Commentary — March 2, 2017, 11:53 am

Dealmaker in Chief

Trump’s economic authoritarianism

On January 5th, Donald Trump, then the president elect of the United States, aimed an incriminating tweet at one of the world’s largest car manufacturers. “Toyota Motor said will build a new plant in Baja, Mexico, to build Corolla cars for U.S.,” he wrote, likely on his unsecured five-year-old Android phone. “NO WAY! Build plant in U.S. or pay big border tax.” It was an odd threat; the new plant was in Guanajuato, not Baja, and it shifted jobs from Canada, not the United States. Nevertheless, the company signaled conciliation. “Toyota looks forward to collaborating with the Trump administration,” it announced as its share price plunged.

Since winning the presidential election in November, Trump has targeted more than a dozen companies with his one-hundred-forty-character broadsides, sending public-relations departments into overdrive and even prompting some tech firms to hire employees to monitor @RealDonaldTrump in the wee hours of the morning. When the president jawbones Boeing for a cheaper Air Force One or prods Chevrolet to move jobs back from Mexico, he claims to be strong-arming companies while boosting the economy as a whole—forcing executives to sacrifice profits for the sake of the American worker. Chief executives from companies like Ford and Sprint have struck a tone of civic duty, pledging to do their part to fulfill Trump’s economic promises, even if it will hurt the bottom line. But history suggests the opposite is true: corporations that strike deals with Trump stand to benefit at the expense of everyone else.

Throughout his campaign, Trump criticized the U.S. government for making “bad deals.” To him, the Trans-Pacific Partnership, NAFTA, the Iran nuclear deal, and the Paris climate agreement are all examples of inept negotiations carried out by career politicians in Washington. “I do deals. It’s what I do,” he told a crowd of supporters in October, pledging to fight for working-class Americans. Of course, the executive who builds a new plant in the Rust Belt expects something in return. When the manufacturer Carrier agreed in November to keep seven hundred and thirty jobs that had originally been slated to move to Mexico, the company won tax incentives and a vague promise of lighter regulations. Carrier’s tax break, $7 million over a decade, didn’t come close to recompensing the company for the $65 million it had hoped to save by sending jobs to Mexico. But other incentives were at play. Carrier’s parent company, United Technologies, can now rest assured that its government contracts, worth more than $5 billion a year, are safe from Trump’s whims. And though political goodwill can’t be tabulated on a balance sheet, Carrier’s executives can count themselves on the right side of Trump’s ledger of friends and enemies. “I was born at night but not last night,” United CEO Greg Hayes said after the deal. “I also know that about 10 percent of our revenue comes from the U.S. government.”

History has shown that direct interventions like these tend to produce corruption without broader economic gains. Researchers who study authoritarian regimes, where such tactics are common, say that targeting individual companies causes industries to focus less on innovating and more on currying favor. Pleasing the president becomes the fastest path to profits, and businesses race to take advantage. One study that looked at forty-eight countries over a period of thirty-five years, from 1950 to 1985, found that corporate profits tend to rise during a shift to autocracy. CIA-backed coups toppling foreign leaders throughout the mid-twentieth century provide the most dramatic examples of this phenomenon. For instance, after the 1973 coup that installed Augusto Pinochet as ruler of Chile, the country’s two major banking conglomerates, nicknamed “the piranhas” by international investors, grew at an unprecedented clip. As Pinochet enacted sweeping market reforms, the holding companies Vial and Cruzat-Larrain rapidly consolidated their grip on Chilean business, together controlling fully half of the total assets on Chile’s public stock exchange by 1978. It didn’t hurt that the two conglomerates maintained close ties with functionaries in Chile’s central bank and budget office. Meanwhile, the economy as a whole crumbled: As corporate profits boomed, inequality spiked and average wages fell, not to return to their 1970 levels until 1992.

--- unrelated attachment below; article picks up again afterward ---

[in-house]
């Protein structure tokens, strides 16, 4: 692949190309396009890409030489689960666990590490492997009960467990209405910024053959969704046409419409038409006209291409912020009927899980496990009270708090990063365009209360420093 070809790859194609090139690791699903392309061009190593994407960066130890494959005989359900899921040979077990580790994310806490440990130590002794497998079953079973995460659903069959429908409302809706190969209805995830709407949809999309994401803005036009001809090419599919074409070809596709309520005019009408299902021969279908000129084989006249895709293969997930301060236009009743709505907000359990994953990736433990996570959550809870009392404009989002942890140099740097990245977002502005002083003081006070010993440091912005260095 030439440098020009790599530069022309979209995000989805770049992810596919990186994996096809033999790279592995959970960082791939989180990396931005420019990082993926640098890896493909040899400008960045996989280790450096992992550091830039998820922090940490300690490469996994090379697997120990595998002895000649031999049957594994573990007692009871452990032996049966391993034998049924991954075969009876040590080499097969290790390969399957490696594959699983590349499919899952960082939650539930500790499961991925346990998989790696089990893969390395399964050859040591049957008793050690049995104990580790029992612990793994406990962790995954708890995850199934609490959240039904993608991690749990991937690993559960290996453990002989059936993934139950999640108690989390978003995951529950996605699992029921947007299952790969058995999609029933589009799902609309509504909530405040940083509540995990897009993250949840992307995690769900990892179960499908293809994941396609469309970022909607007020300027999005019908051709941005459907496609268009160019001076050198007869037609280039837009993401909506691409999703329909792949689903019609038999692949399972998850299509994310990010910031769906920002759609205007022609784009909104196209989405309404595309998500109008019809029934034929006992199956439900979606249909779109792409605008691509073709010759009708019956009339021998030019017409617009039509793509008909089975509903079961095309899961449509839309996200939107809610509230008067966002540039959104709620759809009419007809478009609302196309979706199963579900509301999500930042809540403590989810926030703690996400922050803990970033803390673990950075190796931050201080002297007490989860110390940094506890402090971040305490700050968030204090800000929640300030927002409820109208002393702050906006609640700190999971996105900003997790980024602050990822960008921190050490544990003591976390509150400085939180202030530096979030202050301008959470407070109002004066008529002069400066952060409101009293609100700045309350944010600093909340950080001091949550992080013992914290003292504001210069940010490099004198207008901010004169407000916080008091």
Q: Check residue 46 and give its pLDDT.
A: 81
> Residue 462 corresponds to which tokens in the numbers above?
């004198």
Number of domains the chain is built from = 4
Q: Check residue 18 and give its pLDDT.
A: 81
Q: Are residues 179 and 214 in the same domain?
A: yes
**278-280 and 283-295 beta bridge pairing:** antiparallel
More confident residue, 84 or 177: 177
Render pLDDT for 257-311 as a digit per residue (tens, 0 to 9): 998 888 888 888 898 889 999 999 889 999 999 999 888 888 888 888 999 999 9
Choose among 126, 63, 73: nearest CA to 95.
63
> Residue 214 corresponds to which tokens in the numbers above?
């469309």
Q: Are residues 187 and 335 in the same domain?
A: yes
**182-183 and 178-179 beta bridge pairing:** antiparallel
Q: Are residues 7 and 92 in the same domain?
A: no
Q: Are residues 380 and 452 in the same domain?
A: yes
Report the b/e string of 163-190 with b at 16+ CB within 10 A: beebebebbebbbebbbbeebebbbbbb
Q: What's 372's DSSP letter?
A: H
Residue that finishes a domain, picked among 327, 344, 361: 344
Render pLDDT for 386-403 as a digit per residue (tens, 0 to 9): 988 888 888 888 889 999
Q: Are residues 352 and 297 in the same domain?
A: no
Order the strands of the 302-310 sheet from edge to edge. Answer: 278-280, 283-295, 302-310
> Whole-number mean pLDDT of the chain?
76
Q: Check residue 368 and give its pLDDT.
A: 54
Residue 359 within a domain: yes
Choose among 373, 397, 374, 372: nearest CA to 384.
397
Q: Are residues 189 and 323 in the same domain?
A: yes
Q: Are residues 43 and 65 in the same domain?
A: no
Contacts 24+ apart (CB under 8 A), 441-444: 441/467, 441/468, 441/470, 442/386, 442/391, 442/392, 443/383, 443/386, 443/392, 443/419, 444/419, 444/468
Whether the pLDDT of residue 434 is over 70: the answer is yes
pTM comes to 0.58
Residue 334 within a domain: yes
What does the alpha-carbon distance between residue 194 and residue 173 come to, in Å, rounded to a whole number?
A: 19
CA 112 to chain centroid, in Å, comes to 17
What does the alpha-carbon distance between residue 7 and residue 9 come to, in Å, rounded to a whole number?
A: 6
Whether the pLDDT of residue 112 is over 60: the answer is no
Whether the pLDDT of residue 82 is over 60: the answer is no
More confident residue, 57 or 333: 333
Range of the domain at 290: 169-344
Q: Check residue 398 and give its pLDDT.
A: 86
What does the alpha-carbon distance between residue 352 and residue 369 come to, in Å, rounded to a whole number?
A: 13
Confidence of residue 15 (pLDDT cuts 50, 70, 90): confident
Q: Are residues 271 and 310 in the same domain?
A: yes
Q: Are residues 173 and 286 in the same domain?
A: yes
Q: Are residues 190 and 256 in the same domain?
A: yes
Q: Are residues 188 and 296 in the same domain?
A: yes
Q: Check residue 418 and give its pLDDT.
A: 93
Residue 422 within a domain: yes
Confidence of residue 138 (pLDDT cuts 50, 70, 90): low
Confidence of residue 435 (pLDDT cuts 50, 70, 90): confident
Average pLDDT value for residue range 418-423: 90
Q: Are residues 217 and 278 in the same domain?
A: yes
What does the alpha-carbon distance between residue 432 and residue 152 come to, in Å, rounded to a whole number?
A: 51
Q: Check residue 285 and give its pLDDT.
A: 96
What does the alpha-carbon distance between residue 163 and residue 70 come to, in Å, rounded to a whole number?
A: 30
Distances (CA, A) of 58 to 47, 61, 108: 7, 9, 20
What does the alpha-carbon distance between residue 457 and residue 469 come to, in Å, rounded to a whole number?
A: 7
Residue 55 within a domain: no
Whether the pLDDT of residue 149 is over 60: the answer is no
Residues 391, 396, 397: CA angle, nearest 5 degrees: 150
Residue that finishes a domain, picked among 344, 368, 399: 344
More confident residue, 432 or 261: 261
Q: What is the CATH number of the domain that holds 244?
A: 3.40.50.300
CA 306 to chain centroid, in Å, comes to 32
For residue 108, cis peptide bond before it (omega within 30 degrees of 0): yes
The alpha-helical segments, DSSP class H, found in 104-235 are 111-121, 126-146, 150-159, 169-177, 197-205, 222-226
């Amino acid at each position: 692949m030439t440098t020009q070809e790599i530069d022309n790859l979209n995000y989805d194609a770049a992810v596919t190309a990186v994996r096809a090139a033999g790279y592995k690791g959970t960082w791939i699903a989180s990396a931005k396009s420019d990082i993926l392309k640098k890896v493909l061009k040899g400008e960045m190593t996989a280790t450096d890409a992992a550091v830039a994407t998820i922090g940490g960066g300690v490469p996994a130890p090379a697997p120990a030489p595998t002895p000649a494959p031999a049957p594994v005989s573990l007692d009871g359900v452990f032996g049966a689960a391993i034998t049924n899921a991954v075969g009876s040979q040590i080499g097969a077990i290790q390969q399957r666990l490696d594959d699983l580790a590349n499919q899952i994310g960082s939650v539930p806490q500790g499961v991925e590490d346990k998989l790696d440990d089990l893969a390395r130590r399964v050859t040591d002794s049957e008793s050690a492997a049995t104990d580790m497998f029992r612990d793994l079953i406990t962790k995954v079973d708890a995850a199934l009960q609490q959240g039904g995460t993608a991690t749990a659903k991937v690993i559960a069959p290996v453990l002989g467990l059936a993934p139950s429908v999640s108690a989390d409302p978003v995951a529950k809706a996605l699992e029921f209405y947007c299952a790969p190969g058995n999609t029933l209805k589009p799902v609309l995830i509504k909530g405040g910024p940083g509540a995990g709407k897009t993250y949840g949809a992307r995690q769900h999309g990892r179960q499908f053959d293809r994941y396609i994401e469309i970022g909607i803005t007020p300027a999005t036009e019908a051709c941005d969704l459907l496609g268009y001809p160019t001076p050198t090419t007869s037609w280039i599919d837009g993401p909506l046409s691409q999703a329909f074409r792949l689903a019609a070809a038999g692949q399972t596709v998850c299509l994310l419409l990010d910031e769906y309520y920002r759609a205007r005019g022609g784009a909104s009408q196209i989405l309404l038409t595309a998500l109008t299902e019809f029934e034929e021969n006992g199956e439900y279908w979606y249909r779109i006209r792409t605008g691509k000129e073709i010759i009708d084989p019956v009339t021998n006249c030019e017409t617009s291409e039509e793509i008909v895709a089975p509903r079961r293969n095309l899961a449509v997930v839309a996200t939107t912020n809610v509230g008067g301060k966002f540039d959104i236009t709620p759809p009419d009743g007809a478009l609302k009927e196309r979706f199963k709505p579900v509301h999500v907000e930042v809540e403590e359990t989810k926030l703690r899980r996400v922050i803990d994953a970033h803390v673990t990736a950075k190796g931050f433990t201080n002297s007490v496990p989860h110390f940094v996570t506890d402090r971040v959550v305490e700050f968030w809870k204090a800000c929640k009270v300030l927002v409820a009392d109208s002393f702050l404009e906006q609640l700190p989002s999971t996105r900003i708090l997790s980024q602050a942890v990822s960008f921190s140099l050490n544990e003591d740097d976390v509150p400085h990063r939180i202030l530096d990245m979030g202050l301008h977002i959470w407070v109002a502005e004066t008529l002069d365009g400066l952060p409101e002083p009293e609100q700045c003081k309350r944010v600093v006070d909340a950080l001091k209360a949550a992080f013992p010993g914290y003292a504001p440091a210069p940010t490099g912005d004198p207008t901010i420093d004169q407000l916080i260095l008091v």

For decades, presidents have largely respected what post-war business leaders called the “right to manage,” letting individual companies operate without direct interference. America’s last dealmaker in chief was Richard Nixon, who, like Trump, pursued an unabashedly transactional mode of politics where economic outcomes were subordinate to political ambitions. In May 1971, for example, Nixon found himself in need of funds for his upcoming re-election campaign. One of his targets was the International Telephone and Telegraph Corporation (I.T.T.), which was seeking to merge with Hartford Fire Insurance in what would be the largest corporate tie-up in memory. “Does I.T.T. have money?” Chief of Staff H. R. Haldeman can be heard asking on Nixon’s secret tapes. “Oh God yes,” Nixon replied. “That’s part of this ball game.”